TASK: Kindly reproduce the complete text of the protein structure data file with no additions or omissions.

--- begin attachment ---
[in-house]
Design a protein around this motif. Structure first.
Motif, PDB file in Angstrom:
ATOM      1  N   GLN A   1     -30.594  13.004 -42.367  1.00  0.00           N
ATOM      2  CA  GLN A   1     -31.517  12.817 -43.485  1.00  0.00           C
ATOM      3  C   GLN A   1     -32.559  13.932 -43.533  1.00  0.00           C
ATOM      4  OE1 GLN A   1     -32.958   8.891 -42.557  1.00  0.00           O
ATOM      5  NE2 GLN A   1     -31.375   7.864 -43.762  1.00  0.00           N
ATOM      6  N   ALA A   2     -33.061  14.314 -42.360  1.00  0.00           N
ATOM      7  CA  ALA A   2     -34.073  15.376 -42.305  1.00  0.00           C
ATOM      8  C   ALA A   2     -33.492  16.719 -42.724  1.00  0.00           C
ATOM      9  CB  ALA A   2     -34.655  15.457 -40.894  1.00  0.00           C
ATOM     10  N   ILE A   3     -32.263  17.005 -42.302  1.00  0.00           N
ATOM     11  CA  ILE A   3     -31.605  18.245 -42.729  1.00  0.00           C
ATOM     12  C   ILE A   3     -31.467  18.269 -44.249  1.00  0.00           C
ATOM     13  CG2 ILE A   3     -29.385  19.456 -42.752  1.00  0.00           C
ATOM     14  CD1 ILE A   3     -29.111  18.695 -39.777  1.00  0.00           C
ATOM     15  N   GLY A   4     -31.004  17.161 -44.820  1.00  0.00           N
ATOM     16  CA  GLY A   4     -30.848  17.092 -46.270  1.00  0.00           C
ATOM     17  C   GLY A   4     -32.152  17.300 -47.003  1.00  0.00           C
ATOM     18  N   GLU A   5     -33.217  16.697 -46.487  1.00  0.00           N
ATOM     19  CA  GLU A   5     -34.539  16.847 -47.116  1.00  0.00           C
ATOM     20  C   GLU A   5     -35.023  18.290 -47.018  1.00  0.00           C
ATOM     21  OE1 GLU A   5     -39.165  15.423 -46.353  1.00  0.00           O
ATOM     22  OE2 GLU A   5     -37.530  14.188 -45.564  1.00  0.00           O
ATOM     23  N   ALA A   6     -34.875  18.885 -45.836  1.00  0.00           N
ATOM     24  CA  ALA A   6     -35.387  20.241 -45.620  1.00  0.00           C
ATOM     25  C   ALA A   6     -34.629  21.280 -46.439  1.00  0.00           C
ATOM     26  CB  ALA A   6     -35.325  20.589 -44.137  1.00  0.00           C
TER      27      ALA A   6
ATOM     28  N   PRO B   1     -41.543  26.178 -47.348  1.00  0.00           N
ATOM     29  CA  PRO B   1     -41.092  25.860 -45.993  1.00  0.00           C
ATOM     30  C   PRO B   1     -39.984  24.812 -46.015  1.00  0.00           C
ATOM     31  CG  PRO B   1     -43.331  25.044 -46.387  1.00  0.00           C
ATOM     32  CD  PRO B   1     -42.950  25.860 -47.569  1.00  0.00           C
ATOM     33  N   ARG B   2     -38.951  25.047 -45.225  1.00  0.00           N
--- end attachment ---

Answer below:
[in-house]
Design a protein around this motif. Structure first.
Motif, PDB file in Angstrom:
ATOM      1  N   GLN A   1     -30.594  13.004 -42.367  1.00  0.00           N
ATOM      2  CA  GLN A   1     -31.517  12.817 -43.485  1.00  0.00           C
ATOM      3  C   GLN A   1     -32.559  13.932 -43.533  1.00  0.00           C
ATOM      4  OE1 GLN A   1     -32.958   8.891 -42.557  1.00  0.00           O
ATOM      5  NE2 GLN A   1     -31.375   7.864 -43.762  1.00  0.00           N
ATOM      6  N   ALA A   2     -33.061  14.314 -42.360  1.00  0.00           N
ATOM      7  CA  ALA A   2     -34.073  15.376 -42.305  1.00  0.00           C
ATOM      8  C   ALA A   2     -33.492  16.719 -42.724  1.00  0.00           C
ATOM      9  CB  ALA A   2     -34.655  15.457 -40.894  1.00  0.00           C
ATOM     10  N   ILE A   3     -32.263  17.005 -42.302  1.00  0.00           N
ATOM     11  CA  ILE A   3     -31.605  18.245 -42.729  1.00  0.00           C
ATOM     12  C   ILE A   3     -31.467  18.269 -44.249  1.00  0.00           C
ATOM     13  CG2 ILE A   3     -29.385  19.456 -42.752  1.00  0.00           C
ATOM     14  CD1 ILE A   3     -29.111  18.695 -39.777  1.00  0.00           C
ATOM     15  N   GLY A   4     -31.004  17.161 -44.820  1.00  0.00           N
ATOM     16  CA  GLY A   4     -30.848  17.092 -46.270  1.00  0.00           C
ATOM     17  C   GLY A   4     -32.152  17.300 -47.003  1.00  0.00           C
ATOM     18  N   GLU A   5     -33.217  16.697 -46.487  1.00  0.00           N
ATOM     19  CA  GLU A   5     -34.539  16.847 -47.116  1.00  0.00           C
ATOM     20  C   GLU A   5     -35.023  18.290 -47.018  1.00  0.00           C
ATOM     21  OE1 GLU A   5     -39.165  15.423 -46.353  1.00  0.00           O
ATOM     22  OE2 GLU A   5     -37.530  14.188 -45.564  1.00  0.00           O
ATOM     23  N   ALA A   6     -34.875  18.885 -45.836  1.00  0.00           N
ATOM     24  CA  ALA A   6     -35.387  20.241 -45.620  1.00  0.00           C
ATOM     25  C   ALA A   6     -34.629  21.280 -46.439  1.00  0.00           C
ATOM     26  CB  ALA A   6     -35.325  20.589 -44.137  1.00  0.00           C
TER      27      ALA A   6
ATOM     28  N   PRO B   1     -41.543  26.178 -47.348  1.00  0.00           N
ATOM     29  CA  PRO B   1     -41.092  25.860 -45.993  1.00  0.00           C
ATOM     30  C   PRO B   1     -39.984  24.812 -46.015  1.00  0.00           C
ATOM     31  CG  PRO B   1     -43.331  25.044 -46.387  1.00  0.00           C
ATOM     32  CD  PRO B   1     -42.950  25.860 -47.569  1.00  0.00           C
ATOM     33  N   ARG B   2     -38.951  25.047 -45.225  1.00  0.00           N